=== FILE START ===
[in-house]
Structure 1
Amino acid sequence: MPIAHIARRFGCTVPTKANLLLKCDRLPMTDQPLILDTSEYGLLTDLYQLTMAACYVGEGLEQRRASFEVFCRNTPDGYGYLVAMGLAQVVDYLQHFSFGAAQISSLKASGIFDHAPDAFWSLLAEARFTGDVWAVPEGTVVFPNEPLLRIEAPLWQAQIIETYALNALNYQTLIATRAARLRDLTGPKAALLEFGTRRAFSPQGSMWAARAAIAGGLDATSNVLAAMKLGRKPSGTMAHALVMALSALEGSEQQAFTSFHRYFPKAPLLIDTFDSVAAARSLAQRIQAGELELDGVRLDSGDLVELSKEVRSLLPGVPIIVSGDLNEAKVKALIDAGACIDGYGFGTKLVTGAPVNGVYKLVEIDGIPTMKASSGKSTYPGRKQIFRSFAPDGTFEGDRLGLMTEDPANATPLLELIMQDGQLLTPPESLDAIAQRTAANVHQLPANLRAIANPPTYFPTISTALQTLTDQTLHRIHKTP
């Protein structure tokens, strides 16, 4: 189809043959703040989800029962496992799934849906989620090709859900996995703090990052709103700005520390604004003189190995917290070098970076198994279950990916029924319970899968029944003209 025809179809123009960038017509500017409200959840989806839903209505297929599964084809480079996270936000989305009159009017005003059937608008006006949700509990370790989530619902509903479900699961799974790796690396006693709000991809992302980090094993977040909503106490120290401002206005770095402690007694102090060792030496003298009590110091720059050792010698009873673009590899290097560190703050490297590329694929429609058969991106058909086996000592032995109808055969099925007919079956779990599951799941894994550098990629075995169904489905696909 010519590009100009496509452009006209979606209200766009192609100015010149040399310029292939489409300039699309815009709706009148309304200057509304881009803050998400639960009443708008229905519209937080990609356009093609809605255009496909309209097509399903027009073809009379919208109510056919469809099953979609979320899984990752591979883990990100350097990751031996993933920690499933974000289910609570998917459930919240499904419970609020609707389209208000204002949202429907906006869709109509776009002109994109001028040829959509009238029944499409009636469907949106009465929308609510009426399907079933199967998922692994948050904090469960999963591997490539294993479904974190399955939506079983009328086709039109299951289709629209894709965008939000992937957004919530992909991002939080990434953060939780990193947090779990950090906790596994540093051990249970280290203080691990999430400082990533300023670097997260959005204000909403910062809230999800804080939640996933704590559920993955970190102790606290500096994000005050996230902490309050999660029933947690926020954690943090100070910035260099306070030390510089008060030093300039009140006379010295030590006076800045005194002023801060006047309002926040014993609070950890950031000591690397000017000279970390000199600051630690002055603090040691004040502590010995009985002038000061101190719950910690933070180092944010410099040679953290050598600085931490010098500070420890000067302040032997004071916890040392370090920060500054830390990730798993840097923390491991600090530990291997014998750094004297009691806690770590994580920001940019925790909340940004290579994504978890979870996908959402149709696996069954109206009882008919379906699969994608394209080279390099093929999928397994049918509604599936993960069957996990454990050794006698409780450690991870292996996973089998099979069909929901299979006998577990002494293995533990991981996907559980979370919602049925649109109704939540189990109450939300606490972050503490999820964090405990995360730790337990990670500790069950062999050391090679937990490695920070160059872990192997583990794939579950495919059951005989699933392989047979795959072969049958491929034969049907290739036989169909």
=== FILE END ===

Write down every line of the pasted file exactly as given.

[in-house]
Structure 1
Amino acid sequence: MPIAHIARRFGCTVPTKANLLLKCDRLPMTDQPLILDTSEYGLLTDLYQLTMAACYVGEGLEQRRASFEVFCRNTPDGYGYLVAMGLAQVVDYLQHFSFGAAQISSLKASGIFDHAPDAFWSLLAEARFTGDVWAVPEGTVVFPNEPLLRIEAPLWQAQIIETYALNALNYQTLIATRAARLRDLTGPKAALLEFGTRRAFSPQGSMWAARAAIAGGLDATSNVLAAMKLGRKPSGTMAHALVMALSALEGSEQQAFTSFHRYFPKAPLLIDTFDSVAAARSLAQRIQAGELELDGVRLDSGDLVELSKEVRSLLPGVPIIVSGDLNEAKVKALIDAGACIDGYGFGTKLVTGAPVNGVYKLVEIDGIPTMKASSGKSTYPGRKQIFRSFAPDGTFEGDRLGLMTEDPANATPLLELIMQDGQLLTPPESLDAIAQRTAANVHQLPANLRAIANPPTYFPTISTALQTLTDQTLHRIHKTP
């Protein structure tokens, strides 16, 4: 189809043959703040989800029962496992799934849906989620090709859900996995703090990052709103700005520390604004003189190995917290070098970076198994279950990916029924319970899968029944003209 025809179809123009960038017509500017409200959840989806839903209505297929599964084809480079996270936000989305009159009017005003059937608008006006949700509990370790989530619902509903479900699961799974790796690396006693709000991809992302980090094993977040909503106490120290401002206005770095402690007694102090060792030496003298009590110091720059050792010698009873673009590899290097560190703050490297590329694929429609058969991106058909086996000592032995109808055969099925007919079956779990599951799941894994550098990629075995169904489905696909 010519590009100009496509452009006209979606209200766009192609100015010149040399310029292939489409300039699309815009709706009148309304200057509304881009803050998400639960009443708008229905519209937080990609356009093609809605255009496909309209097509399903027009073809009379919208109510056919469809099953979609979320899984990752591979883990990100350097990751031996993933920690499933974000289910609570998917459930919240499904419970609020609707389209208000204002949202429907906006869709109509776009002109994109001028040829959509009238029944499409009636469907949106009465929308609510009426399907079933199967998922692994948050904090469960999963591997490539294993479904974190399955939506079983009328086709039109299951289709629209894709965008939000992937957004919530992909991002939080990434953060939780990193947090779990950090906790596994540093051990249970280290203080691990999430400082990533300023670097997260959005204000909403910062809230999800804080939640996933704590559920993955970190102790606290500096994000005050996230902490309050999660029933947690926020954690943090100070910035260099306070030390510089008060030093300039009140006379010295030590006076800045005194002023801060006047309002926040014993609070950890950031000591690397000017000279970390000199600051630690002055603090040691004040502590010995009985002038000061101190719950910690933070180092944010410099040679953290050598600085931490010098500070420890000067302040032997004071916890040392370090920060500054830390990730798993840097923390491991600090530990291997014998750094004297009691806690770590994580920001940019925790909340940004290579994504978890979870996908959402149709696996069954109206009882008919379906699969994608394209080279390099093929999928397994049918509604599936993960069957996990454990050794006698409780450690991870292996996973089998099979069909929901299979006998577990002494293995533990991981996907559980979370919602049925649109109704939540189990109450939300606490972050503490999820964090405990995360730790337990990670500790069950062999050391090679937990490695920070160059872990192997583990794939579950495919059951005989699933392989047979795959072969049958491929034969049907290739036989169909």